UTI in Men: Symptoms, Causes & Treatment Options

Clinical review: Dr. Rodolfo Favaretto
April 2022
  1. Symptoms
  2. Causes
  3. Diagnosis
  4. Treatment

Although they are more common in women, urinary tract infections can also affect men and cause symptoms such as a sudden urge to urinate, pain, and burning during or after urinating. 

UTI's are more common in men over 50 years old as they are at there is a higher risk of suffering from prostatic hyperplasia which is related to increased UTI occurrence. UTIs can also be more common in men who practice anal sex, in men who are not circumcised or in men that require a urinary catheter.

Men who suspect they may have a UTI should be assessment by a doctor. The doctor will likely evaluate your other symptoms, order a urine test, and prescribe antibiotics as necessary. 

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Symptoms of UTI in men

The following symptoms are characteristic of urinary tract infections in men:

  • Frequent need to urinate
  • Pain or stinging sensation when urinating
  • Difficulty holding urine in
  • Cloudy urine with a strong odor
  • Low grade fever
  • Presence of blood in the urine

However, it is also common for the infection not to cause any symptoms in men, being only identified in routine tests.

What can cause UTIs in men

Some factors can increase your risk for a urinary tract infection, such as:

  • Unprotected anal sex;
  • Using a catheter to urinate;
  • Having an enlarged prostate, also known as benign prostatic hyperplasia, as well as a family history of the illness;
  • Not drinking enough fluids;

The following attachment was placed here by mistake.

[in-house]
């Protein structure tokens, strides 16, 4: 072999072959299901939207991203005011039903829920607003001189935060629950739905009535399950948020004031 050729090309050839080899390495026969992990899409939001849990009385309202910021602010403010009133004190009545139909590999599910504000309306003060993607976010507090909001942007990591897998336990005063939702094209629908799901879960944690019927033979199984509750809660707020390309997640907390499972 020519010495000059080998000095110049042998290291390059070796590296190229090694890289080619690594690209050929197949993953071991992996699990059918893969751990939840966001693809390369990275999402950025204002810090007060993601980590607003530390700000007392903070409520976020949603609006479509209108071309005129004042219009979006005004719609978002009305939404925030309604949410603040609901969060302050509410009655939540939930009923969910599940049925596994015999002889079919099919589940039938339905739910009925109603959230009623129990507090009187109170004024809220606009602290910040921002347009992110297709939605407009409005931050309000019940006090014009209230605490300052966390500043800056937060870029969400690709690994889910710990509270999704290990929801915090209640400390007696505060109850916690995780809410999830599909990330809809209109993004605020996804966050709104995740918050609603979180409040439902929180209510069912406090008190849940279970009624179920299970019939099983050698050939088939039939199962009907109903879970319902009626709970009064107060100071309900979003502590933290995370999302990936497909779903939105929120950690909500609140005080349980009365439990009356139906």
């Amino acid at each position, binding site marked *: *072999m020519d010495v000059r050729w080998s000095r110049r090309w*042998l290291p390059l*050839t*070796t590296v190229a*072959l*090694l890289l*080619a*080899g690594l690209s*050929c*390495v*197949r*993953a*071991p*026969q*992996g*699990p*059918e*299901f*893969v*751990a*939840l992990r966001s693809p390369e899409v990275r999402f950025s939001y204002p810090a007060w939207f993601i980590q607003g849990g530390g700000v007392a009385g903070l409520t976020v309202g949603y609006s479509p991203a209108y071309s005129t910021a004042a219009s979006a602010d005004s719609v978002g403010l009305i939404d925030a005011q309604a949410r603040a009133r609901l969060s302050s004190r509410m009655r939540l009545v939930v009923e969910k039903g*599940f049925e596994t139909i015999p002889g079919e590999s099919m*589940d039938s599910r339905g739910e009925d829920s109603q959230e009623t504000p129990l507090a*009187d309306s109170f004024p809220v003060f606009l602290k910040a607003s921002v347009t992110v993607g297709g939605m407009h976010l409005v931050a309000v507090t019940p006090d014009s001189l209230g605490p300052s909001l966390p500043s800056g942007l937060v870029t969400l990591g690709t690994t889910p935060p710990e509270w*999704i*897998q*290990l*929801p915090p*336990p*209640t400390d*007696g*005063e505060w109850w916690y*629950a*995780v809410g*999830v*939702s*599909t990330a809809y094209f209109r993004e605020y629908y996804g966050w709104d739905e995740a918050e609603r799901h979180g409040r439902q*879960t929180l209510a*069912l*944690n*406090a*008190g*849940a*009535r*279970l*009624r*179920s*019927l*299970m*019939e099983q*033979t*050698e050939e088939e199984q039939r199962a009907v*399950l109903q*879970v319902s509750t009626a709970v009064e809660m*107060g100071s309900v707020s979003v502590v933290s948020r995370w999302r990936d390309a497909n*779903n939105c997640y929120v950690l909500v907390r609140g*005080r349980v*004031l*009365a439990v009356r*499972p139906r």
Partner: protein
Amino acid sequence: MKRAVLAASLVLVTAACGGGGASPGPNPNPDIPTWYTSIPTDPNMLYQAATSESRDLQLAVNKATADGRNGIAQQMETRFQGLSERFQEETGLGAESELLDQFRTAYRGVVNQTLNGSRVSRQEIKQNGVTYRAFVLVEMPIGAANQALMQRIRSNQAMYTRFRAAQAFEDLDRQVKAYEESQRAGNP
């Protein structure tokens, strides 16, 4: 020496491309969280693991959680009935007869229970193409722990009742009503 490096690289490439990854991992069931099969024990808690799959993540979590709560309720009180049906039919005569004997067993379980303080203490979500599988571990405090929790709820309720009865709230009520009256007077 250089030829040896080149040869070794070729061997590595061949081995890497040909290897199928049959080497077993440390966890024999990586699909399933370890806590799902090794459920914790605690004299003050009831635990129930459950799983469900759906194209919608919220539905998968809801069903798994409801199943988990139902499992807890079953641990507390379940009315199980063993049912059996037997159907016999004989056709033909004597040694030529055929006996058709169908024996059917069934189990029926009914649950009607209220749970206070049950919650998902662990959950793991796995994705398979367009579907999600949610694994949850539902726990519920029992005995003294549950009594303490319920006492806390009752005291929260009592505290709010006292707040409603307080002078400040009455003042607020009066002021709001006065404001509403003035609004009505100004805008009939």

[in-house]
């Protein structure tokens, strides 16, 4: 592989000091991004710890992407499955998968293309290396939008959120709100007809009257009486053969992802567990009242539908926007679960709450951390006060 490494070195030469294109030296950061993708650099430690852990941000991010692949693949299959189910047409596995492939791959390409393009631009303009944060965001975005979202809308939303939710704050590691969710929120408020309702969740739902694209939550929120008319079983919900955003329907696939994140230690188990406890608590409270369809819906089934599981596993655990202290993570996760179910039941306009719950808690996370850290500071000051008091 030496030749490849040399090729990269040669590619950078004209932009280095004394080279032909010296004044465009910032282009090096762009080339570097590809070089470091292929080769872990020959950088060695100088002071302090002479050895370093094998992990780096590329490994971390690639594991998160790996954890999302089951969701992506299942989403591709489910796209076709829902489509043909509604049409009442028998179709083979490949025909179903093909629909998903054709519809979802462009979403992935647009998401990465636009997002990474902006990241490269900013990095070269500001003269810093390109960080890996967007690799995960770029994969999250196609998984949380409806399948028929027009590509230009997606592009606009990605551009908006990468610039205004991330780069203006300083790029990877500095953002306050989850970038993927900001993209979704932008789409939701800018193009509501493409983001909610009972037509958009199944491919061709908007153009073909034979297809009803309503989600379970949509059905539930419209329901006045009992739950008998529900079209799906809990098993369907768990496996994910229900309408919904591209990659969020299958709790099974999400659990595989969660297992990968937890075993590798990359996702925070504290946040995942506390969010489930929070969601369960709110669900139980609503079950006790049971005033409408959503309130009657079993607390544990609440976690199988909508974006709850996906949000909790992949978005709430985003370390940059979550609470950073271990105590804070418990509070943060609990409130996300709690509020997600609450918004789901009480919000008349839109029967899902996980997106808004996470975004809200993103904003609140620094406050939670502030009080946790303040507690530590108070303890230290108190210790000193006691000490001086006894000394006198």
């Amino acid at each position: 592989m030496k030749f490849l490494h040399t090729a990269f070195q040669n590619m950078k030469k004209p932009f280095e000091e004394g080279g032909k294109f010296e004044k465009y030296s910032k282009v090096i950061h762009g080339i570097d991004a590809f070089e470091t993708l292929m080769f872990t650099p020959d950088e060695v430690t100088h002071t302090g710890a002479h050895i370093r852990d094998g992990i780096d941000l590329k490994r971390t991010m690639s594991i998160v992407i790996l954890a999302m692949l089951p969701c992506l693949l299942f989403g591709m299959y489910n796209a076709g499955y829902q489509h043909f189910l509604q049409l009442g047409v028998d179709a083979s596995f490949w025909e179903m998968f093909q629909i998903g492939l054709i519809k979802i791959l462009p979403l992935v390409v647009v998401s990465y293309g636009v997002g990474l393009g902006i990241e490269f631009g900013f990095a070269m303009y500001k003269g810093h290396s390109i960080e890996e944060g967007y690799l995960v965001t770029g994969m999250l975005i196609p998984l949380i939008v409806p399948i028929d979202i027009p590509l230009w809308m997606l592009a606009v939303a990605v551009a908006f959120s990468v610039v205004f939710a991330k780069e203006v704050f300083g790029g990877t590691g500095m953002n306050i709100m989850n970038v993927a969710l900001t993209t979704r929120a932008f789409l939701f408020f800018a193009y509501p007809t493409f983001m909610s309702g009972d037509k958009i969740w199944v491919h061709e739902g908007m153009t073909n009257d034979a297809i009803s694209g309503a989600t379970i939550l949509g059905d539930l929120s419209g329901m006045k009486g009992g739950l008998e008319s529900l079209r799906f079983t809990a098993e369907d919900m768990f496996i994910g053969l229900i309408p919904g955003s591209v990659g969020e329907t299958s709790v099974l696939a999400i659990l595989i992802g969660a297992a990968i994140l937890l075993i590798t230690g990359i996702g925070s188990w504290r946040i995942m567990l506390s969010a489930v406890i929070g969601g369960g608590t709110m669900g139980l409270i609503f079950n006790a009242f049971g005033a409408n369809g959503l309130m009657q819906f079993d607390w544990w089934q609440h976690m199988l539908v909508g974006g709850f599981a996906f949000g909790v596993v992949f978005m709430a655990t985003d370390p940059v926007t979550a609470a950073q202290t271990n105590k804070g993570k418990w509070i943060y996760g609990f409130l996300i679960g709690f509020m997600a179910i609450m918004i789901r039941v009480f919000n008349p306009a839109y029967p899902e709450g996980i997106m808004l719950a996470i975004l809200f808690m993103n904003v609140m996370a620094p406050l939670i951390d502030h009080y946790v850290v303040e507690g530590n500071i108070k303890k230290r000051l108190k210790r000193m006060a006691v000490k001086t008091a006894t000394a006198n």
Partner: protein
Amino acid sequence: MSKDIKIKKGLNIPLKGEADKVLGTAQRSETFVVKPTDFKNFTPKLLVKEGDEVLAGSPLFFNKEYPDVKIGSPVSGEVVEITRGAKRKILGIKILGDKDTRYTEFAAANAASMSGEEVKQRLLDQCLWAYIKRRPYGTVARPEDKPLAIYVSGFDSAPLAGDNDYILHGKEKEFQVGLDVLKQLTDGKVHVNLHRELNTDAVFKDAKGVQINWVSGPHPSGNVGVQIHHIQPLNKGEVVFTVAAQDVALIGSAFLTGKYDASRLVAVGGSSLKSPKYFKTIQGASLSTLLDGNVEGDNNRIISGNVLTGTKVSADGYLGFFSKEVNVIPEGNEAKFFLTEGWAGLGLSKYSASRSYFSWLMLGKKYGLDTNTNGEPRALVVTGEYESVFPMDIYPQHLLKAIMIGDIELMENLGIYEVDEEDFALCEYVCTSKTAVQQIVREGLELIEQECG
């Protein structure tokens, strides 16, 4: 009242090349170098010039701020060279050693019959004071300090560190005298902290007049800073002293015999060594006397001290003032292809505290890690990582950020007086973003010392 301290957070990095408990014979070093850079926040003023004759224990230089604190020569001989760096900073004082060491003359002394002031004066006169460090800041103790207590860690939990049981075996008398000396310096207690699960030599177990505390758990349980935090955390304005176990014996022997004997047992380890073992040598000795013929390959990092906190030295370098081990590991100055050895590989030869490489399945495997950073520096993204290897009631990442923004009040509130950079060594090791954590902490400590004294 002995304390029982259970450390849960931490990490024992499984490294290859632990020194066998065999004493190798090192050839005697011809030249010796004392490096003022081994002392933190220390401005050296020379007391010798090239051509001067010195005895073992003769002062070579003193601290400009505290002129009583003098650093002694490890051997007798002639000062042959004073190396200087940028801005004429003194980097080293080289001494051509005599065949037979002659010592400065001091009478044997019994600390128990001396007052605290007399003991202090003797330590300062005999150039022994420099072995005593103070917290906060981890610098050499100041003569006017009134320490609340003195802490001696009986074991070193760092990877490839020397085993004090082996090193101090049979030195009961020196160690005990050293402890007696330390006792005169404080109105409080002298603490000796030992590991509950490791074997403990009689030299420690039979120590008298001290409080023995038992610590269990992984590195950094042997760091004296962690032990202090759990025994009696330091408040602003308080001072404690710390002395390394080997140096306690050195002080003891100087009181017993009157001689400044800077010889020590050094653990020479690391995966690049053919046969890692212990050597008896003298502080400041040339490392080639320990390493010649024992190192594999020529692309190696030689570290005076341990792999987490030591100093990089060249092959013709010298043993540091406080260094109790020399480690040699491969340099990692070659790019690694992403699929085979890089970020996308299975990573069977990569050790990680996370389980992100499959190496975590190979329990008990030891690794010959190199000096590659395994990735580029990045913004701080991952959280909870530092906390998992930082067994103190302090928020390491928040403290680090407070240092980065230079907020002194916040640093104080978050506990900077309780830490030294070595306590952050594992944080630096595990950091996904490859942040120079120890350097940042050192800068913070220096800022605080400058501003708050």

• Holding urine for a long time on a frequent basis;
  • Urine reflux from the bladder to the kidneys;
  • Kidney stones;
  • Diabetes;
  • Multiple sclerosis or another neurologic disease;
  • Chronic kidney disease;
  • Urinary tract cancer;
  • Taking certain medications;
  • Chronic prostatitis.

Additionally, men who are not circumcised have higher chances of suffering from UTIs or STDs, as the excess skin on the penis makes cleaning more difficult and increases the risk of microorganisms proliferating in that region.

Diagnosing UTIs

The diagnosis of a UTI in men is based on the symptoms and in the result of a urine test. This test analyzes a urine sample in order to identify the presence of microorganisms that may be causing the infection. The microorganisms that are found more frequently in those with a urinary tract infection are Escherichia coli, Klebsiella, and Proteus.

Additionally, the doctor may ask some questions about the man’s sexual life, in order to identify risk factors for infections or STIs, as well as doing a rectal examination to check if the prostate has increased in size.  

In young men that have symptoms of an enlarged prostate, the urologist may also recommend tests such as computerized tomography, ultrasonography, and/or cystoscopy to assess if there are other problems in the urinary tract. 

Treatment options for UTIs

The treatment for urinary tract infections in men is done according to the cause of the problem, with antibiotics usually being necessary. Learn about the medications and home remedies that can be used to treat UTIs. 

In general, symptoms start to improve after 2 days of medicinal treatment, but in more serious cases a prolonged treatment (two or more weeks) or hospital admittance may be necessary.

Check out UTI teas you can make at home to complement your prescribed treatment. 

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Written and updated by Daisy Oliveira - Registered Nurse on April of 2022. Clinical review by Dr. Rodolfo Favaretto - Urologist, on August of 2020.


  • THE CONSUMER’S HANDBOOK OF UROLOGICAL HEALTH. Dealing with urinary tract infections: Tips for adult men and women. Available on: <https://www.cua.org/themes/web/assets/files/pdf/consumers_handbook/9-dealing_with_urinary_tract_infections_tips_for_adult_men_and_women.pdf>. Access in 21 Nov 2019
  • EUROPEAN ASSOCIATION OF UROLOGY. Guidelines on The Management of Urinary and Male Genital Tract Infections. 2008. Available on: <https://uroweb.org/wp-content/uploads/EAU-Guidelines-Male-UTI-2008.pdf>. Access in 21 Nov 2019
Clinical review:
Dr. Rodolfo Favaretto
Dr. Favaretto is registered to practice under the CRM-SP license #133358 (Brazil). He has specialized in urology since 2016 and is a member of the American Urology Association.